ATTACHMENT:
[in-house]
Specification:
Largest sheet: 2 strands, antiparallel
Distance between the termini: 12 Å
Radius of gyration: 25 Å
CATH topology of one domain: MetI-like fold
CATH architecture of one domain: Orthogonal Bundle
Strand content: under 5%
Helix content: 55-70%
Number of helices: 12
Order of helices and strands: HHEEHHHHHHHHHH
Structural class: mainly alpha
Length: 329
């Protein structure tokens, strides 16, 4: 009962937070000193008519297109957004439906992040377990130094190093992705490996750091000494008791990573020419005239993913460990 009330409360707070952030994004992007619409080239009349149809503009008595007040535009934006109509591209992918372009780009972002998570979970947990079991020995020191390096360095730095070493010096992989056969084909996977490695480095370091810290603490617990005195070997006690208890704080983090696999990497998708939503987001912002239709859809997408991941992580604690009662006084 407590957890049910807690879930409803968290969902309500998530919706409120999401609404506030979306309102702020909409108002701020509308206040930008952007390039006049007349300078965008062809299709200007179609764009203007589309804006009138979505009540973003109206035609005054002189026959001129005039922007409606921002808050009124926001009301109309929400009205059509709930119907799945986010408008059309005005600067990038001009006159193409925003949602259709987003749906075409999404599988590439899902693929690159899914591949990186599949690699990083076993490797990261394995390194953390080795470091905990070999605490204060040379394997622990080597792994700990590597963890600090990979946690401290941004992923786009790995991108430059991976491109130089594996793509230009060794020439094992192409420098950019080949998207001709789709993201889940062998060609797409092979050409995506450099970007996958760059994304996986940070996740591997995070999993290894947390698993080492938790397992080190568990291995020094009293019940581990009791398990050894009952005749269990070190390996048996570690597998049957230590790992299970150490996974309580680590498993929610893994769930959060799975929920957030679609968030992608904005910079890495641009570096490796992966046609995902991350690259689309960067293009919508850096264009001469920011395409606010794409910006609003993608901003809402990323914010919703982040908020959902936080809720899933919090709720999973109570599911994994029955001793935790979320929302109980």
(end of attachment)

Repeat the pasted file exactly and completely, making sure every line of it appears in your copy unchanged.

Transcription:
[in-house]
Specification:
Largest sheet: 2 strands, antiparallel
Distance between the termini: 12 Å
Radius of gyration: 25 Å
CATH topology of one domain: MetI-like fold
CATH architecture of one domain: Orthogonal Bundle
Strand content: under 5%
Helix content: 55-70%
Number of helices: 12
Order of helices and strands: HHEEHHHHHHHHHH
Structural class: mainly alpha
Length: 329
């Protein structure tokens, strides 16, 4: 009962937070000193008519297109957004439906992040377990130094190093992705490996750091000494008791990573020419005239993913460990 009330409360707070952030994004992007619409080239009349149809503009008595007040535009934006109509591209992918372009780009972002998570979970947990079991020995020191390096360095730095070493010096992989056969084909996977490695480095370091810290603490617990005195070997006690208890704080983090696999990497998708939503987001912002239709859809997408991941992580604690009662006084 407590957890049910807690879930409803968290969902309500998530919706409120999401609404506030979306309102702020909409108002701020509308206040930008952007390039006049007349300078965008062809299709200007179609764009203007589309804006009138979505009540973003109206035609005054002189026959001129005039922007409606921002808050009124926001009301109309929400009205059509709930119907799945986010408008059309005005600067990038001009006159193409925003949602259709987003749906075409999404599988590439899902693929690159899914591949990186599949690699990083076993490797990261394995390194953390080795470091905990070999605490204060040379394997622990080597792994700990590597963890600090990979946690401290941004992923786009790995991108430059991976491109130089594996793509230009060794020439094992192409420098950019080949998207001709789709993201889940062998060609797409092979050409995506450099970007996958760059994304996986940070996740591997995070999993290894947390698993080492938790397992080190568990291995020094009293019940581990009791398990050894009952005749269990070190390996048996570690597998049957230590790992299970150490996974309580680590498993929610893994769930959060799975929920957030679609968030992608904005910079890495641009570096490796992966046609995902991350690259689309960067293009919508850096264009001469920011395409606010794409910006609003993608901003809402990323914010919703982040908020959902936080809720899933919090709720999973109570599911994994029955001793935790979320929302109980």